As a forester, I enjoy taking pictures of the countryside that depict it being brought to life by those who care for it, and derive their livelihoods from it.
Photographs of tractors harvesting crops in the fields, bales of straw sitting like sculptures in the late summer light; and what particularly attracts my attention – and that of my camera – is the sight of a stack of timber thinned from a woodland, ready to be transported to a mill.
But actively managed woodlands produce more than just timber. In addition to the obvious advantages – carbon neutral products, jobs and financial benefits to the owner and those who work in the woods – the thinning of the trees and felling of woodland compartments, throws essential sunlight onto the forest floor. Seeds that have been waiting to flourish will come to life, producing a burst of colour and fantastic pollinating opportunities for insects and butterflies, which in turn benefit the higher food chain such as birds, mammals and predators.
Well-managed woodlands slow down flood, ward off drought, improve air quality, reduce pollution, fix carbon and release oxygen into the atmosphere. In fact, there really is nothing not to like, about a well-managed woodland.
For most of my working life as a forester, half of our woodlands have been under-managed, according to government statistics. Admittedly, one could question how those stats are gathered, in that they largely rely on owners who have connections with the forestry commission and other public bodies. The figure has fluctuated from 60% under-managed to a more recent 42%, but the exact figure is largely irrelevant.
The shocking point is, that the UK is the world’s second largest importer of timber after China.
Just think about that for a moment.
The second largest – after China.
We know that timber is a wonderful building material, fixing and embodying carbon for decades and lifetimes, yet we leave it standing neglected in the woods. And to add insult to injury, this neglected timber, whether it’s every third tree in a thinning, or a compartment in a larger wood, then prevents the trees around it from also thriving.
Whilst the figures are moving slowly in the right directly, I have to say, quite frankly, it’s just not enough. I am therefore calling for a dramatic increase in woodland management – of another 20%.
I am not suggesting this happens over the next ten or twenty years, we need to toughen up and get this done over the next five. If we are to address climate change and meet the public’s challenge to extract the full value from our trees and woods, then we are looking at a serious game of catch up.
From my decades of experience in forestry, knowing the woods of our nation as well as anyone, I know this is perfectly feasible, if the right levers and attitude changes are put in place.
We also need change the way we measure woodland management and its tangible outputs, rather than simply accepting the fact that a management plan, felling licence or maintenance grant is in place.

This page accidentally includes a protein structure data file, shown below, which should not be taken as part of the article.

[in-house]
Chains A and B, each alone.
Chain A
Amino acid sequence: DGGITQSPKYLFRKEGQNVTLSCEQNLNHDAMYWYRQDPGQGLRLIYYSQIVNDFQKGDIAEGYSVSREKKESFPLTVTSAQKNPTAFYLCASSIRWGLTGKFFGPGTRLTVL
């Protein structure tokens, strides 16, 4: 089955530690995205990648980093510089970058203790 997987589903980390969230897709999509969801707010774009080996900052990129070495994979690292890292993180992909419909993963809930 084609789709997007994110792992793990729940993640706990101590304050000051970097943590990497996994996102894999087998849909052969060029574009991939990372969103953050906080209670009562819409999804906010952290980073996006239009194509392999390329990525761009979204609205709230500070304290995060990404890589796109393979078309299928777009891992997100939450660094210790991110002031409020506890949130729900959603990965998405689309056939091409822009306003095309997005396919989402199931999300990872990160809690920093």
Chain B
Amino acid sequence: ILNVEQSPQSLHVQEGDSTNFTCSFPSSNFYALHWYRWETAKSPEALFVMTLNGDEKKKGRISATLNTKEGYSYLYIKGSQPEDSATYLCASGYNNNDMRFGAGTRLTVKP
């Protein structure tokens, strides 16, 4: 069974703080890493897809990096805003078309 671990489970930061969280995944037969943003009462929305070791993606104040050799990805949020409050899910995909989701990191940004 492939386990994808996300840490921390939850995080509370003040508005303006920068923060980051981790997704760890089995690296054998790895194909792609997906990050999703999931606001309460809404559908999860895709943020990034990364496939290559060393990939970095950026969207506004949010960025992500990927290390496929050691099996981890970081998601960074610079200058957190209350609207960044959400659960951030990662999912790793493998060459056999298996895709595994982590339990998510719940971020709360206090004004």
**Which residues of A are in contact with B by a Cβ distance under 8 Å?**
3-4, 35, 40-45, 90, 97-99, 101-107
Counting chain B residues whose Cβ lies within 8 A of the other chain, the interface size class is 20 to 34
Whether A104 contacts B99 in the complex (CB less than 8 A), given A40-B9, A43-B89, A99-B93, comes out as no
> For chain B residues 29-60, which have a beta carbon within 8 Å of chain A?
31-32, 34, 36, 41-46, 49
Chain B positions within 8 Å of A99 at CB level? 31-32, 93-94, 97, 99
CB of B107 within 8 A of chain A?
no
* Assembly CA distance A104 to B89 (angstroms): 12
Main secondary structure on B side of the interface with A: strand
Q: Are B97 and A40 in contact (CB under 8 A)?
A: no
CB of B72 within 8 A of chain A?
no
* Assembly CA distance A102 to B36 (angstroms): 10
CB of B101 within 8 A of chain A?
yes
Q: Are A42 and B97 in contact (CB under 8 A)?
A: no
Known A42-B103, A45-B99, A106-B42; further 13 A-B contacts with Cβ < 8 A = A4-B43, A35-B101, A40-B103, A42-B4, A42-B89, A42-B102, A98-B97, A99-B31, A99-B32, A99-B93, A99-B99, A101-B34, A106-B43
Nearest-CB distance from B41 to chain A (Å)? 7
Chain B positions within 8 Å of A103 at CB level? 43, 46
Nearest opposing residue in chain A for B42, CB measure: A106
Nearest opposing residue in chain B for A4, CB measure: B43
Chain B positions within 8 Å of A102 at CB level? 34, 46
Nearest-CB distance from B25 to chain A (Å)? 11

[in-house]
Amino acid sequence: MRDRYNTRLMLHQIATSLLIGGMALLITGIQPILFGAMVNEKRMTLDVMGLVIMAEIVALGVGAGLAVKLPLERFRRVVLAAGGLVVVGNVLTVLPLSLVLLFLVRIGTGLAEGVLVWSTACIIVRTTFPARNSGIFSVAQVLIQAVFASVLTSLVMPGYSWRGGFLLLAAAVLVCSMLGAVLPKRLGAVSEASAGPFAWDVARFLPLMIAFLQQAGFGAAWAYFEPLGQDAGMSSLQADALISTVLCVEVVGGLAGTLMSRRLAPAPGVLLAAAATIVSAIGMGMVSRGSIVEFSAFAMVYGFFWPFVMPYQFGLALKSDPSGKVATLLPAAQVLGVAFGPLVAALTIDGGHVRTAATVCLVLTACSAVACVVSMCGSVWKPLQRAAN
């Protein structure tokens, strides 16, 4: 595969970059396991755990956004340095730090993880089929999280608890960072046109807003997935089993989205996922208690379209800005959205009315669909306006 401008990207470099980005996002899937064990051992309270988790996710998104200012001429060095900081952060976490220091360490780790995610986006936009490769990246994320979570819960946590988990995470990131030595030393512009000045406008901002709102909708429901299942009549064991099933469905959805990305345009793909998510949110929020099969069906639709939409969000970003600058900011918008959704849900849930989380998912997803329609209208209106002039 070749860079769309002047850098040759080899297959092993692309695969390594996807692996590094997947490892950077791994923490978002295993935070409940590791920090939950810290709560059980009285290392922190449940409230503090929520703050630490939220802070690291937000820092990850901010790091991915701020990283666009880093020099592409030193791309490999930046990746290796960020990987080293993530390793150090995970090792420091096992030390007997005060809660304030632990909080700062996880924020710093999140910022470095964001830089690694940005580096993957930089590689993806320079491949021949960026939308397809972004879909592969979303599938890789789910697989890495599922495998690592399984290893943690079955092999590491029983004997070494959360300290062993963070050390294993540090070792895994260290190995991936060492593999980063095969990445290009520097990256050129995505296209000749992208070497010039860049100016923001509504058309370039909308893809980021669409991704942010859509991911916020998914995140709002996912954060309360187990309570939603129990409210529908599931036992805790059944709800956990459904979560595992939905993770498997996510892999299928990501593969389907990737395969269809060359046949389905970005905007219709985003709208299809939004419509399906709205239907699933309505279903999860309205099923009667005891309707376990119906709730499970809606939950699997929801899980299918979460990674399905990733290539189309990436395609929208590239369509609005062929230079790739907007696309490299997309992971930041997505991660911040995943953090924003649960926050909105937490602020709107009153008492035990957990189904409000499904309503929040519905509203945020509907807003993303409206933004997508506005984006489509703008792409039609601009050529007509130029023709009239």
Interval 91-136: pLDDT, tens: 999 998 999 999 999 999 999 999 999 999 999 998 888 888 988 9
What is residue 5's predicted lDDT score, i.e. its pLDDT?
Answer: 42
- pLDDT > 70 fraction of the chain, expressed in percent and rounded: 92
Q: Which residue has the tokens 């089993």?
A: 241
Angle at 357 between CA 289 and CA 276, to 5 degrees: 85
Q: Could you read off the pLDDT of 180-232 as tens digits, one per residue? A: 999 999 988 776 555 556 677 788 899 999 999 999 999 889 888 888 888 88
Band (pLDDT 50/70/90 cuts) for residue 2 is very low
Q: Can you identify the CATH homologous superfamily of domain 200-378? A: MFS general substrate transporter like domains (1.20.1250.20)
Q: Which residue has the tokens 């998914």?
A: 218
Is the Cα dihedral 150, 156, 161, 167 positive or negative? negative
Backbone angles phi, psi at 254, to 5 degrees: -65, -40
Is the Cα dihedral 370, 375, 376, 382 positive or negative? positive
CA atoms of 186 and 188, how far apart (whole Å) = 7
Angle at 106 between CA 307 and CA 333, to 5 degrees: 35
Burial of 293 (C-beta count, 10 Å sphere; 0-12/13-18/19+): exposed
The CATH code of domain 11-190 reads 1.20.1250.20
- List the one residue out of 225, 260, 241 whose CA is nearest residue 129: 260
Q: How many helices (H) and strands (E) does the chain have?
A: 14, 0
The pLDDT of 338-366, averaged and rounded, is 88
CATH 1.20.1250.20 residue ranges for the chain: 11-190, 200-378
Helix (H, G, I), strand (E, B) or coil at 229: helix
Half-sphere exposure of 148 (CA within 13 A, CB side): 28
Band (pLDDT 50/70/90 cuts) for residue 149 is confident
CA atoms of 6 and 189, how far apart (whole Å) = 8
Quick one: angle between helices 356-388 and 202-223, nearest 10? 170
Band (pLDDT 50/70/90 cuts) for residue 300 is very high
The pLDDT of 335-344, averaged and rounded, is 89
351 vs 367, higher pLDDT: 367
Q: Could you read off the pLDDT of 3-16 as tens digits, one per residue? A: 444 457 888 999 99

Over the years I have seen hundreds, if not thousands of owners, obtain grants from the public sector, with contractors entering the woodlands to build tracks, erect fences, dig drains and map the woodland compartments. But I’ve also experienced a distinct lack of anything coming out of the gate in the opposite direction, to replace the millions of tonnes of timber that we import, unnecessarily in some cases. There are possible solutions to this scenario, which I will cover in a future blog.
I find it frustrating that protestors, the government, pressure groups and lobbyists, generate so much noise and rhetoric about expanding our woodlands; about more woodland cover; about more trees. This is of course incredibly important for the future and is a vital part of the mix – but what I find extraordinary is that we propose such expansion, whilst turning our backs on the existing and amazing resources we already have, yet are failing to use.
Managed woodland is proven to be an exceptional habitat for sustaining the life cycles of many of our essential pollinators. I believe, that if 20% or more of our woodlands are brought back into management, we will see a revival in declining butterfly species; bees and other pollinators will thrive again, and as a result our future security will be less precarious.
Education is key.
Perceptions and attitudes are clearly an issue here.
When we look at the farming landscape or activities carried out on a nature reserve, the importance of their management is never questioned. Yet the idea of managing woods and forests, with machinery and chainsaws, provokes immediate questioning from laymen – and to me, the irony of this is palpable.
The woodland fabric is a combination of both farmland and nature reserve, and in order for it to produce the array of potential benefits on offer, it must be managed in exactly the same way. Most importantly, we need to start seeing this activity as ‘normal’, just as we do when harvesting farmland. Especially when the woodland harvester produces at least ten times the public benefits from its activity, than the agricultural harvester!
We need a rapid re-think. The public needs to realise that stacks of timber piled up at the side of the road, should be celebrated. It’s fantastic – it means this precious material has not been brought in from half way round the world, and we are giving Mother Nature a much-needed helping hand.
Changing the rate of woodland management can be done within a few years; changing attitudes and behaviours will perhaps take a generation; so the sooner we start, the sooner we’ll get to a position where the true benefits of woodland management are understood by everyone.
The overriding message really is very simple – thinning or felling woodland, breeds life. Not doing so has the potential to destroy it.